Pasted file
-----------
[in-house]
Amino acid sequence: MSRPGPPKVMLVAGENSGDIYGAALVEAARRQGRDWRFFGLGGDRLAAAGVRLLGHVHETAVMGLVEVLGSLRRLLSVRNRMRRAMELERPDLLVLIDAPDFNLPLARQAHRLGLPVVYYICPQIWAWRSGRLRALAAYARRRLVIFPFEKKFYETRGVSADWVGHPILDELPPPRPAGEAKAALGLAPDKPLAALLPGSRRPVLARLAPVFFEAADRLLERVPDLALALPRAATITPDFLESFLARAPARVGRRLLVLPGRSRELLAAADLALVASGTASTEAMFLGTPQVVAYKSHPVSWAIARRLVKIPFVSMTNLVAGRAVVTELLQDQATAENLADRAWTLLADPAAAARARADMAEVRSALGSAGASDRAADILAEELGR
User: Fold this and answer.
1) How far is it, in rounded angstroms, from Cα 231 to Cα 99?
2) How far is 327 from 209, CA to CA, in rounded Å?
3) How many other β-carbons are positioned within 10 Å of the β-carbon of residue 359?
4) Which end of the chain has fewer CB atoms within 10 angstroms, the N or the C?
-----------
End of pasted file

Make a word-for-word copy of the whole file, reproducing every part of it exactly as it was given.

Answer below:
[in-house]
Amino acid sequence: MSRPGPPKVMLVAGENSGDIYGAALVEAARRQGRDWRFFGLGGDRLAAAGVRLLGHVHETAVMGLVEVLGSLRRLLSVRNRMRRAMELERPDLLVLIDAPDFNLPLARQAHRLGLPVVYYICPQIWAWRSGRLRALAAYARRRLVIFPFEKKFYETRGVSADWVGHPILDELPPPRPAGEAKAALGLAPDKPLAALLPGSRRPVLARLAPVFFEAADRLLERVPDLALALPRAATITPDFLESFLARAPARVGRRLLVLPGRSRELLAAADLALVASGTASTEAMFLGTPQVVAYKSHPVSWAIARRLVKIPFVSMTNLVAGRAVVTELLQDQATAENLADRAWTLLADPAAAARARADMAEVRSALGSAGASDRAADILAEELGR
User: Fold this and answer.
1) How far is it, in rounded angstroms, from Cα 231 to Cα 99?
2) How far is 327 from 209, CA to CA, in rounded Å?
3) How many other β-carbons are positioned within 10 Å of the β-carbon of residue 359?
4) Which end of the chain has fewer CB atoms within 10 angstroms, the N or the C?